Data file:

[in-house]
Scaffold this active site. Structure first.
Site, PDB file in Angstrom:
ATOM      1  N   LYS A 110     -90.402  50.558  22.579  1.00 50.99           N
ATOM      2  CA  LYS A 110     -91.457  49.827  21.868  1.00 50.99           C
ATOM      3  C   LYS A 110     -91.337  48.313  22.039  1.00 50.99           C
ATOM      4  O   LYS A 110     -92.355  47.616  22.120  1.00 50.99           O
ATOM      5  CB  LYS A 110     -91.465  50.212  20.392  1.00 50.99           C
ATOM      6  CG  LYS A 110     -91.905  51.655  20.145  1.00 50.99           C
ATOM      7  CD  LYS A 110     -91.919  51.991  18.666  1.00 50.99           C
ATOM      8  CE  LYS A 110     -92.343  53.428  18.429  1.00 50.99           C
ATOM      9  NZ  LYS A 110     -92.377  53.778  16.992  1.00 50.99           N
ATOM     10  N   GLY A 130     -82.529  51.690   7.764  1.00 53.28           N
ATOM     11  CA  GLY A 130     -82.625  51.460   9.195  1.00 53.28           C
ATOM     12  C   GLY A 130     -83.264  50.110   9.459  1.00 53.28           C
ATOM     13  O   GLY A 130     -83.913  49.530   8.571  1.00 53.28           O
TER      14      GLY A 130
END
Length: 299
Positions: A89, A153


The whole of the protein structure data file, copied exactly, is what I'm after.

[in-house]
Scaffold this active site. Structure first.
Site, PDB file in Angstrom:
ATOM      1  N   LYS A 110     -90.402  50.558  22.579  1.00 50.99           N
ATOM      2  CA  LYS A 110     -91.457  49.827  21.868  1.00 50.99           C
ATOM      3  C   LYS A 110     -91.337  48.313  22.039  1.00 50.99           C
ATOM      4  O   LYS A 110     -92.355  47.616  22.120  1.00 50.99           O
ATOM      5  CB  LYS A 110     -91.465  50.212  20.392  1.00 50.99           C
ATOM      6  CG  LYS A 110     -91.905  51.655  20.145  1.00 50.99           C
ATOM      7  CD  LYS A 110     -91.919  51.991  18.666  1.00 50.99           C
ATOM      8  CE  LYS A 110     -92.343  53.428  18.429  1.00 50.99           C
ATOM      9  NZ  LYS A 110     -92.377  53.778  16.992  1.00 50.99           N
ATOM     10  N   GLY A 130     -82.529  51.690   7.764  1.00 53.28           N
ATOM     11  CA  GLY A 130     -82.625  51.460   9.195  1.00 53.28           C
ATOM     12  C   GLY A 130     -83.264  50.110   9.459  1.00 53.28           C
ATOM     13  O   GLY A 130     -83.913  49.530   8.571  1.00 53.28           O
TER      14      GLY A 130
END
Length: 299
Positions: A89, A153